I’m not kidding, there’s a movie called Killer Sofa.
Welcome to New Zealand, where anything can happen. Francesca (Piimio Mei) is a young woman with a history of bad boyfriends. One day she is gifted a reclining chair after her former stalker, Frederico (Harley Neville) is found murdered. It turns out the chair is, in actuality, a dybbuk, which is a malicious dead soul that possesses an object in Jewish mythology. The only person who notices the chair’s true evil nature is Rabbi Jack (Jim Baltaxe), the grandfather of Francesca’s friend Maxi (Nathalie Morris). Soon, the chair goes on a killing spree bourne out of a horrible obsession with Francesca. Once again, this is a La-Z-Boy going on a killing spree.
So, I feel at this point I must remind you that this is not my first furniture-based horror film. Yes, I’ve already reviewed the infamous Bed of the Dead, a movie which I described as “way more complicated than a movie about a killer bed should be.” This film actually has a similar problem, in that this movie decided to add a much more complicated third-act twist than was merited by a movie which features a killer La-Z-Boy. Still, it won’t take you out of it. Also, it annoyed me a little that there was no sofa in this film. The definition of sofa requires that it be a long seat capable of sitting two or more. This is a reclining chair. Moreover, it means that they chose Killer Sofa over the more appropriate “Slay-Z-Boy.”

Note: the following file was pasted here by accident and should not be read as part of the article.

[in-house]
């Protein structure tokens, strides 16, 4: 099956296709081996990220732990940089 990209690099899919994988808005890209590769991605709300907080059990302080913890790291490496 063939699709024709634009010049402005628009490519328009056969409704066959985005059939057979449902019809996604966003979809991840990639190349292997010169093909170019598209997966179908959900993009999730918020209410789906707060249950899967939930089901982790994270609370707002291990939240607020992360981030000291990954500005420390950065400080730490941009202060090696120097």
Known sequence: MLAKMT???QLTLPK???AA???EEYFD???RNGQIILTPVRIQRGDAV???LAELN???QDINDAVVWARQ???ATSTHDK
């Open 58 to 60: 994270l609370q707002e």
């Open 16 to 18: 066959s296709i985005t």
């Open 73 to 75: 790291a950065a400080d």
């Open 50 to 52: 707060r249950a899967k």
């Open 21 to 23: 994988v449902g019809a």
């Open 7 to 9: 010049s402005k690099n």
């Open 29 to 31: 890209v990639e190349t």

The best thing about this movie is the chair, though. Despite the fact that it is, you know, a reclining chair, it doesn’t sit there and wait for victims like you would think. No, this chair stalks its prey. It follows people, sometimes for miles, sometimes up stairs or through entryways that you would think would be impossible for a freaking chair to maneuver. At one point it leans through a doorway to spy on someone and it’s handled like it’s just a regular horror monster, rather than a sofa. It adds a level of inherent comedy to the film that only gets funnier the more serious the film tries to take itself. I have to believe it’s intentional because the movie is called Killer Sofa and I would hope no human would actually think that could be a serious film.
The performances aren’t bad for a B-movie and the puppeteering on the sofa is usually pretty solid. The kills aren’t super gory, despite the poster, and that keeps it much lighter and easier for most of the film. Honestly, if you’ve got a love of low-budget horror movies, this is one to get hammered and watch. Then send writer/director Bernardo Rao a message telling him that he should have called it “Slay-Z-Boy.”
If you want to check out some more by the Joker on the Sofa, check out the 100 Greatest TV Episodes of All Time, Collection of TV Episodes, Collection of Movie Reviews, or the Joker on the Sofa Reviews.
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